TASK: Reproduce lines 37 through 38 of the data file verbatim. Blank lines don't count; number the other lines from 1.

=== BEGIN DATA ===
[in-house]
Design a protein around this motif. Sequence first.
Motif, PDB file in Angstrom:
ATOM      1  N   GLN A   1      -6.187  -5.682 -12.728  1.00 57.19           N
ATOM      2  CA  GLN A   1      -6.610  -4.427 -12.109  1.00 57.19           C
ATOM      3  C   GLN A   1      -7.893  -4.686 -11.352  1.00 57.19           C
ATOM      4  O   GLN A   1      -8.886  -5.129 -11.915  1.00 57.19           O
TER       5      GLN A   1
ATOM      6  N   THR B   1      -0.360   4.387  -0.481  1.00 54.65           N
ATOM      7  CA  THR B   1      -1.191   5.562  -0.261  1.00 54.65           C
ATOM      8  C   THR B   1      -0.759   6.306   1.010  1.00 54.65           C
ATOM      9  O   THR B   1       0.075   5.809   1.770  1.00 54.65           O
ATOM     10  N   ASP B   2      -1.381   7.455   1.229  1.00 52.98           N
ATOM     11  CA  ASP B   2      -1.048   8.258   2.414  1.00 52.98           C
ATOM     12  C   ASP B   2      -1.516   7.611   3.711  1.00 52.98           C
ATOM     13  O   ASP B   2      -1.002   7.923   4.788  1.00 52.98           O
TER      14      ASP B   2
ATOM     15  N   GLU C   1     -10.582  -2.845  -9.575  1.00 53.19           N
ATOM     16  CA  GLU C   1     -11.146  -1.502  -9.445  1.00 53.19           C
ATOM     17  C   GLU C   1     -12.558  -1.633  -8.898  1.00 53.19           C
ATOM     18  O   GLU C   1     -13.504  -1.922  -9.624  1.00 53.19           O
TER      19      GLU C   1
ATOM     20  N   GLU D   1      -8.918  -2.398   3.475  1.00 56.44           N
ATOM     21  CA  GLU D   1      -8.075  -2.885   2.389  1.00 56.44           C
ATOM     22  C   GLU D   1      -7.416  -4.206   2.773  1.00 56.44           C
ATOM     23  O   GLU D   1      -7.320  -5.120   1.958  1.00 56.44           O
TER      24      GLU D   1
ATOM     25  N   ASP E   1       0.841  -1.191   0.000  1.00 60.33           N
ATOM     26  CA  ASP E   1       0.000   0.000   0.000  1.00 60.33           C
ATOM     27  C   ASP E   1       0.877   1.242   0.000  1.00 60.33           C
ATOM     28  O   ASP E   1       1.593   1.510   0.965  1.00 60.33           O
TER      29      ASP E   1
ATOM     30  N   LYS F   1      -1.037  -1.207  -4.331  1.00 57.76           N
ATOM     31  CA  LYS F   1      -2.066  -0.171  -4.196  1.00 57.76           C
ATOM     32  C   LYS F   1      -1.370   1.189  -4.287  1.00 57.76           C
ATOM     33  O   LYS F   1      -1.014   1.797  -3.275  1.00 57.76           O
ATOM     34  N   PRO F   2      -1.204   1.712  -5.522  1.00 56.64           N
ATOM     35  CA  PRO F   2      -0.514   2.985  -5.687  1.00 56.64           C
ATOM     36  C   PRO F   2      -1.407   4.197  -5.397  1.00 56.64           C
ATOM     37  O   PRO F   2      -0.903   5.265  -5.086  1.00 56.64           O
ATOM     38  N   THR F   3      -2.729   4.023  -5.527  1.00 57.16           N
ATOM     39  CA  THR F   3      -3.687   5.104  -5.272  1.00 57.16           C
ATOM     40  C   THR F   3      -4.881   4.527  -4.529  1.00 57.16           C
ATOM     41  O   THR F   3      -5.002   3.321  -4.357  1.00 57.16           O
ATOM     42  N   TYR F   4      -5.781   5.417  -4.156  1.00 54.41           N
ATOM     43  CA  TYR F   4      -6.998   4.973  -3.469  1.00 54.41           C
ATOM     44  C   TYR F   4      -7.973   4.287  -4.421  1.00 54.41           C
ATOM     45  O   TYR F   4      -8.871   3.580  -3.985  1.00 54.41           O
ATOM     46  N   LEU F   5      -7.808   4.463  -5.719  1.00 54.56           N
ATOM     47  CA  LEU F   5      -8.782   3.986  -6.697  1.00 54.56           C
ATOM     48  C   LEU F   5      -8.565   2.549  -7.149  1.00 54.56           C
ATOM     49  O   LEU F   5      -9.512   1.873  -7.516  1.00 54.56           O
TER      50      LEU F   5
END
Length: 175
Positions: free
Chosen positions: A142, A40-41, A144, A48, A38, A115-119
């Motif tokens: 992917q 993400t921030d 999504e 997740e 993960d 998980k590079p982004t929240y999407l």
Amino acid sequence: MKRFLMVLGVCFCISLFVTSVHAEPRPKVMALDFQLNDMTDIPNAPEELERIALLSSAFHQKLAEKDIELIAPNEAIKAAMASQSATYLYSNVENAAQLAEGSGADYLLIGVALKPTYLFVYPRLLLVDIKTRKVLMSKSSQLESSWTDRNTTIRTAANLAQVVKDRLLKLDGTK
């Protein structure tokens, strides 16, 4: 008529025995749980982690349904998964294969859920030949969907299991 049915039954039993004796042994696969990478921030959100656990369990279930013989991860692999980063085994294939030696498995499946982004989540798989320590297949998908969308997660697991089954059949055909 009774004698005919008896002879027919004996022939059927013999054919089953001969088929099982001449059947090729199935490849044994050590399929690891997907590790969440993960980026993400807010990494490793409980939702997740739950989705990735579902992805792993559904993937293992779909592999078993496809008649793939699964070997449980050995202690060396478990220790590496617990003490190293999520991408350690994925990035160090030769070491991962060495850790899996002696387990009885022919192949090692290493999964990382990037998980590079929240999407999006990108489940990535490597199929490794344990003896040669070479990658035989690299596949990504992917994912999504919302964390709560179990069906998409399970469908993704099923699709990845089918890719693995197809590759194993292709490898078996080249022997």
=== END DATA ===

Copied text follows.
ATOM     34  N   PRO F   2      -1.204   1.712  -5.522  1.00 56.64           N
ATOM     35  CA  PRO F   2      -0.514   2.985  -5.687  1.00 56.64           C